The nation's education tax credits and deductions are too complicated and so confusing that most taxpayers cannot determine which provisions are best for them, theAmerican Institute of CPAssays inwritten testimonysubmitted to the Senate Finance Committee. The testimony was submitted for the record for a finance committee's hearing on education tax incentives and tax reform.
Few, if any, taxpayers are aware of all the education tax incentives and familiar with their details, the AICPA contends. Fewer still can perform the analysis to determine which incentive is most advantageous to them, the organization says.
The AICPA says the Internal Revenue Code contains at least 14provisions that can be divided into two general categoriesthose that are intended to help taxpayers meet current higher-education expenses and those that encourage taxpayers to save for future higher-education expenses.
Contributing to taxpayers' confusion are requirements, eligibility rules, definitions, and income phaseouts that vary from incentive to incentive. For example, eligibility for one of the two education credits depends on numerous factors, including the academic year in which the child is in school, the timing of tuition payments, the nature and timing of other eligible expenditures and the adjusted gross income level of the parents (or possibly the student). Further, in a given year, a parent may be entitled to different credits for different children, while in subsequent years, credits may be available for one child but not another.
Another complication is that some of the provisions, such as Section 222, qualified tuition and related expenses, are temporary provisions that are sometimes renewed retroactively, making it difficult for taxpayers to plan for optimal usage of the education provisions. Section 222 expired on Dec. 31, 2011, although Congress might still act to extend the provision.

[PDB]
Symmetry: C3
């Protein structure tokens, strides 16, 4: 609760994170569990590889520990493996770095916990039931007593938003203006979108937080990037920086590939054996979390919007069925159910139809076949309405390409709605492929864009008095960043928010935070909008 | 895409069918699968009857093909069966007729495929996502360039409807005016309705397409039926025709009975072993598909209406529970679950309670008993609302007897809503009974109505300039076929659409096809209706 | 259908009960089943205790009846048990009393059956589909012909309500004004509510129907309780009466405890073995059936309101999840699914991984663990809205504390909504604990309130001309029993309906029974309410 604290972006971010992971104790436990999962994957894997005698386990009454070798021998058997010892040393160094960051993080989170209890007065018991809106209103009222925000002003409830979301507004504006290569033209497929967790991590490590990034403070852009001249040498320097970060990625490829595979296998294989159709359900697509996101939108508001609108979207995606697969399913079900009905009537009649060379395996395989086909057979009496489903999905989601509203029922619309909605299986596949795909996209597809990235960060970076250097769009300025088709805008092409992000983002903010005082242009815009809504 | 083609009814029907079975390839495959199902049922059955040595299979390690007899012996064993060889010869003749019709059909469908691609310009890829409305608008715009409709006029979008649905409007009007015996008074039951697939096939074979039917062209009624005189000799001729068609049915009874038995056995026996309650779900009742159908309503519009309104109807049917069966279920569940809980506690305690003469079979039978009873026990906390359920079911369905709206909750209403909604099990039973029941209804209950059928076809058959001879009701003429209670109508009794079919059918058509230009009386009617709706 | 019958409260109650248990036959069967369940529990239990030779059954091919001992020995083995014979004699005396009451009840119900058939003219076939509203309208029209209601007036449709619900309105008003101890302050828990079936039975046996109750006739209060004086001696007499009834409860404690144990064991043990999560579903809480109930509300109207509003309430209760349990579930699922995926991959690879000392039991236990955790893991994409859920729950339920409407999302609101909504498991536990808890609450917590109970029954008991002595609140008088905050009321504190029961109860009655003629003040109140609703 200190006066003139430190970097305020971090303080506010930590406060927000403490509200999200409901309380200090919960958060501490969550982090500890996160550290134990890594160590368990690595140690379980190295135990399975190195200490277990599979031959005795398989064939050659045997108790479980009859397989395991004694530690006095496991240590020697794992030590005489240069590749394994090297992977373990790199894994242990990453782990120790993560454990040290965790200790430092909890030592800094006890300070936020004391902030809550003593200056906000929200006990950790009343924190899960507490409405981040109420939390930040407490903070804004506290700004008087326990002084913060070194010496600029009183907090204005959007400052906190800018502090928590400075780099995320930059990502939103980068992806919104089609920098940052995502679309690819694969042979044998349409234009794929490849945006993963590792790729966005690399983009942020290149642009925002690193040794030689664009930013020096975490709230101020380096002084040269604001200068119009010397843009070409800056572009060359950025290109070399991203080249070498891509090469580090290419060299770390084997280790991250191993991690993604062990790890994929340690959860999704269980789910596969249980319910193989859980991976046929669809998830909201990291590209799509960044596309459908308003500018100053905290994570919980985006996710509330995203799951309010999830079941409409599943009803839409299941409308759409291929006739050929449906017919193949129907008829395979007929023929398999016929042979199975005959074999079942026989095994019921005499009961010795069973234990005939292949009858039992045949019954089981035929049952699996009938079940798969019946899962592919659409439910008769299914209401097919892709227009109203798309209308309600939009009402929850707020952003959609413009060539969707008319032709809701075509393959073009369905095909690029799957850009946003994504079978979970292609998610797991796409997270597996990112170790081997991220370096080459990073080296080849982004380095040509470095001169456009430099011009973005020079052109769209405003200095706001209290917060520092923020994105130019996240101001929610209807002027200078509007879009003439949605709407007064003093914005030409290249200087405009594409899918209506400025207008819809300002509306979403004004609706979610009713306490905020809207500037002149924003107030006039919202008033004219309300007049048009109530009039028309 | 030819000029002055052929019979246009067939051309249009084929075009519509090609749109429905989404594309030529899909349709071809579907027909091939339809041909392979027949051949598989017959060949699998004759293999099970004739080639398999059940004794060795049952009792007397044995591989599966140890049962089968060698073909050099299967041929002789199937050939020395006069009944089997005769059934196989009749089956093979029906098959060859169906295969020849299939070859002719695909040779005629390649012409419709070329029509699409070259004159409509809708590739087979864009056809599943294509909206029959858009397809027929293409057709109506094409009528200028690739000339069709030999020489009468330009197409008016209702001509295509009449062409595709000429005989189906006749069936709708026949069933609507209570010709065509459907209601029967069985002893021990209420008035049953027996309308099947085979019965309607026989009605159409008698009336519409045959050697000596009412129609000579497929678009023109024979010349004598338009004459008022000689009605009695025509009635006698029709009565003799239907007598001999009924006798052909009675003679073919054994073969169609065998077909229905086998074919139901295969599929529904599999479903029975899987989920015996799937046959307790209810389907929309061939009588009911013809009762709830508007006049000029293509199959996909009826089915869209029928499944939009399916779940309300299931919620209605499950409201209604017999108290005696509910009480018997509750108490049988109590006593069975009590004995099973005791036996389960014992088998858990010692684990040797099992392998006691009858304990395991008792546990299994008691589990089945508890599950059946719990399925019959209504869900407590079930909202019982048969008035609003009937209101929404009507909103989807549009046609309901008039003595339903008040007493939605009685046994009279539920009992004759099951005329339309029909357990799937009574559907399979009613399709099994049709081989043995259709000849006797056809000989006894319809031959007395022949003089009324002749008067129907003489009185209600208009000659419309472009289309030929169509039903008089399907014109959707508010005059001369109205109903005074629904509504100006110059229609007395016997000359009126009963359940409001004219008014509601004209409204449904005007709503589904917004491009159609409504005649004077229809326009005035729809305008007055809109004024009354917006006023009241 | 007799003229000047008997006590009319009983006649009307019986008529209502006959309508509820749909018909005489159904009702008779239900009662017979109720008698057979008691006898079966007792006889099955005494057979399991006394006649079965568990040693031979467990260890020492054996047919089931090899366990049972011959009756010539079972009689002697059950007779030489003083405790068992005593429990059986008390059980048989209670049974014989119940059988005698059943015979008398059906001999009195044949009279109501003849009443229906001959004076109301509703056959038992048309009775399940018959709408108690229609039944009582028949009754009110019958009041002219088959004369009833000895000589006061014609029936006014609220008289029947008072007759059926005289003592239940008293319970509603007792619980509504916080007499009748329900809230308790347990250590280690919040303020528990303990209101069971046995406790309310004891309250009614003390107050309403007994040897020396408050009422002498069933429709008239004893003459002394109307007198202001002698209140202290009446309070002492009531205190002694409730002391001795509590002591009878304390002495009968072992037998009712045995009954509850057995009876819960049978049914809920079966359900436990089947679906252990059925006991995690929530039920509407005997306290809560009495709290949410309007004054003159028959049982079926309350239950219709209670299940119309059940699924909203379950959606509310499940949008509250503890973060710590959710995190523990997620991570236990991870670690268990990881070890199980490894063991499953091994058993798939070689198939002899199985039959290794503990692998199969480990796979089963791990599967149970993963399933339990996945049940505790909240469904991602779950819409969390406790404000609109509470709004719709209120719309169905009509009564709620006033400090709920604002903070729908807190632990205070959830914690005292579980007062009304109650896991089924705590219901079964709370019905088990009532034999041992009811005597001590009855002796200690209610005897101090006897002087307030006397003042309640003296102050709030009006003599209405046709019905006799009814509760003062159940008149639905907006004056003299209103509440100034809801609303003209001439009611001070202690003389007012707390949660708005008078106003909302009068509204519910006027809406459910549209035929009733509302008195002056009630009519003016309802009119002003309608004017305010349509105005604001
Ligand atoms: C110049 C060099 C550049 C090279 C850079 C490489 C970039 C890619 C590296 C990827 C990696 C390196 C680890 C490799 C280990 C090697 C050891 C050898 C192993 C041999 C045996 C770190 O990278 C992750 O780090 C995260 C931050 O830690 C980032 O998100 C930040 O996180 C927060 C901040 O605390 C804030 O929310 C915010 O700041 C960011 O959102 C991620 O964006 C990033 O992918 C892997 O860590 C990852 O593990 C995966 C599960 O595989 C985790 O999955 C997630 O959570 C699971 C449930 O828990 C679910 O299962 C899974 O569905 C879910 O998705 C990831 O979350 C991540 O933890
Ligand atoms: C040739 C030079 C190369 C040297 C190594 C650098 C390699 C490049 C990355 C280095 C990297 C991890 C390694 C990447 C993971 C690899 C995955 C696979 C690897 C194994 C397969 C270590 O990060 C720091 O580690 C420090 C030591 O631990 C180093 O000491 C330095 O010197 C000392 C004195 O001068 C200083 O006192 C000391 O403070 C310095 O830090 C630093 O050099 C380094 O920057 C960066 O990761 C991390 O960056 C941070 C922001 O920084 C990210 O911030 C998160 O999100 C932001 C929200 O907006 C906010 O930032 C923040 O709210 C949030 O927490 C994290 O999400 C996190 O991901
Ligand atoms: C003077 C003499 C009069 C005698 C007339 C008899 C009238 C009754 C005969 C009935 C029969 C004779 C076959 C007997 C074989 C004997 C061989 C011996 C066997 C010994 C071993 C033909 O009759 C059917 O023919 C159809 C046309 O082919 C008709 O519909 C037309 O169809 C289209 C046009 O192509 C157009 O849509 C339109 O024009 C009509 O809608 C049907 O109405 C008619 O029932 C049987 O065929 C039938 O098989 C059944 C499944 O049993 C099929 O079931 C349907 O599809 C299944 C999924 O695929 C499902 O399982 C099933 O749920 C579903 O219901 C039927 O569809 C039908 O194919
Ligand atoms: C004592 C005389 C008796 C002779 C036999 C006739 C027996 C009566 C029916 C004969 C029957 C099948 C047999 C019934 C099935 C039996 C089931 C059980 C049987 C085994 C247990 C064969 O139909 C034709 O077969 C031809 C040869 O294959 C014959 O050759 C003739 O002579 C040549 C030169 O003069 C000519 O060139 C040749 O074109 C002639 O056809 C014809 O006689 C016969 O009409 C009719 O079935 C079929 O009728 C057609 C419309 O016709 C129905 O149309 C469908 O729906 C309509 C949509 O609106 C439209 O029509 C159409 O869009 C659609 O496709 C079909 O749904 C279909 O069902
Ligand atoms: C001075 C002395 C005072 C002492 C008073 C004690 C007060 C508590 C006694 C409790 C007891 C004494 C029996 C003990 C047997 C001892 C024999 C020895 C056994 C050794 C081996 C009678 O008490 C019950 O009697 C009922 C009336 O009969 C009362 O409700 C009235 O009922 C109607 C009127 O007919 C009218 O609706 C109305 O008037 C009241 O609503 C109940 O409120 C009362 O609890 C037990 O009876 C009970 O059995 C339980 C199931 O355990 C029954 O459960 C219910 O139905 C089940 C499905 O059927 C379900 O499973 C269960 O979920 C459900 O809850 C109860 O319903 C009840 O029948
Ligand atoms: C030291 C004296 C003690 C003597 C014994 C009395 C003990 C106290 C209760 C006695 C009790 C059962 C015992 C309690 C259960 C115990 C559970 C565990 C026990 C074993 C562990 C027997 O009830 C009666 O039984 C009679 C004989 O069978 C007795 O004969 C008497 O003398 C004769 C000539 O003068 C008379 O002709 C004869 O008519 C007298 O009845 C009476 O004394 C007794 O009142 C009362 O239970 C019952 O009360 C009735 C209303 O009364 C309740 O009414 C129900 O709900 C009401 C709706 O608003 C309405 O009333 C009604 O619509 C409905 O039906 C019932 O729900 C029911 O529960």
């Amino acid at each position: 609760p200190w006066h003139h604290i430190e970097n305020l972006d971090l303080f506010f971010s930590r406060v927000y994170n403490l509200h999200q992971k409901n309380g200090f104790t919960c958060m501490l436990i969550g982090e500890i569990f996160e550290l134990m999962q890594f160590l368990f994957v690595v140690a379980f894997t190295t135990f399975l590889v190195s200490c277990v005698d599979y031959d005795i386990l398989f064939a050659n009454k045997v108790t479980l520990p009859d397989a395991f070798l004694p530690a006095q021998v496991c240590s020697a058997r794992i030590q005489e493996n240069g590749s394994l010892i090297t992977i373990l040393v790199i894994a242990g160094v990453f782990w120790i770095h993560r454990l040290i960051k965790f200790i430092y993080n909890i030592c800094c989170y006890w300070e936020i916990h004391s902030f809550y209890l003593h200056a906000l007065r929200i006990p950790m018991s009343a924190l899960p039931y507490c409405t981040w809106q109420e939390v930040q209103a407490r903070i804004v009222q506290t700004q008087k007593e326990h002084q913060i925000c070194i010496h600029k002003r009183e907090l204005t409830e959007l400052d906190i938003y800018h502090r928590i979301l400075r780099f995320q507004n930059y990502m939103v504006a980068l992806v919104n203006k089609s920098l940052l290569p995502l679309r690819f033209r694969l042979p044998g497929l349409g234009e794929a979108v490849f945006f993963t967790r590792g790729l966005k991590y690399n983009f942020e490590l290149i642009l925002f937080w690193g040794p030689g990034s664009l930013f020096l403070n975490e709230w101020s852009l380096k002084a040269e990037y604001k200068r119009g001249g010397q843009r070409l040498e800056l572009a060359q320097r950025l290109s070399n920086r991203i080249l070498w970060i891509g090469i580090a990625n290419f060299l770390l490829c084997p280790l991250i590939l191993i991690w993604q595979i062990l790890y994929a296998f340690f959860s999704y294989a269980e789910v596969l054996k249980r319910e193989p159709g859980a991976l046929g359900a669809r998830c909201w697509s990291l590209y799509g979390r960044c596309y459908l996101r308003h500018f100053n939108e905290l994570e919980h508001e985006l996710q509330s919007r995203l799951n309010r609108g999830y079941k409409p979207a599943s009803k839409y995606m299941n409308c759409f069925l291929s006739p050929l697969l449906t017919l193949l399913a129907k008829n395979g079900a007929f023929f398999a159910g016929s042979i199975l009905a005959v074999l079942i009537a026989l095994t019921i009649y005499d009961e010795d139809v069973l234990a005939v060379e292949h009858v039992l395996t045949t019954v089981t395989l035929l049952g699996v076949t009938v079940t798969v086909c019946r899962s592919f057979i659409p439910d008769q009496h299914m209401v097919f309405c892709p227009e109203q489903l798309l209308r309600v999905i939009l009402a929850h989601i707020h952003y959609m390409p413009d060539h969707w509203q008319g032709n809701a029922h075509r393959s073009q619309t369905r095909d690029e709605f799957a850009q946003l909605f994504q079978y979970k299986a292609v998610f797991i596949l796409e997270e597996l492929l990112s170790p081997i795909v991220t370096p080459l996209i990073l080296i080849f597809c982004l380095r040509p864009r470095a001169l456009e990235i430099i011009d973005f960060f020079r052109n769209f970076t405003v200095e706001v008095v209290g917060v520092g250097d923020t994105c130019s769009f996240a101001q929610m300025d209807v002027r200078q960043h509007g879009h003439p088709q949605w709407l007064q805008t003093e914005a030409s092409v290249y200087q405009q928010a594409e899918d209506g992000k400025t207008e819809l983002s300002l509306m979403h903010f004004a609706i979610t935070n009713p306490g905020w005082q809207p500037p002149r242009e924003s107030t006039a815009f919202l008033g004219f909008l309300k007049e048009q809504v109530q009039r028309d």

AICPA recommend-ations to Congress included replacing multiple tax incentives (i.e., Hope Credit, American Opportunity Tax Credit, Lifetime Learning Credit, and the tuition and fees deduction) intended to help taxpayers meet current higher education expenses with one new or revised credit. Combining features of these into one credit would simplify the tax benefits and remove duplicative provisions relating to higher education expenses, it contends.
Also, AICPA recommends creating a uniform definition of "qualified higher education expenses" for all education-related tax provisions. Specifically, those qualified expenses should include tuition, books, fees, supplies, and equipment.
Finally, AICPA says Congress should coordinate the phaseout amounts for the student loan interest deduction and the educational savings bonds and Coverdell Education Savings Accounts exclusions with the new or revised tax credit intended to help taxpayers meet current higher education expenses.
Subscribe today to our free E-Newsletters!SUBSCRIBE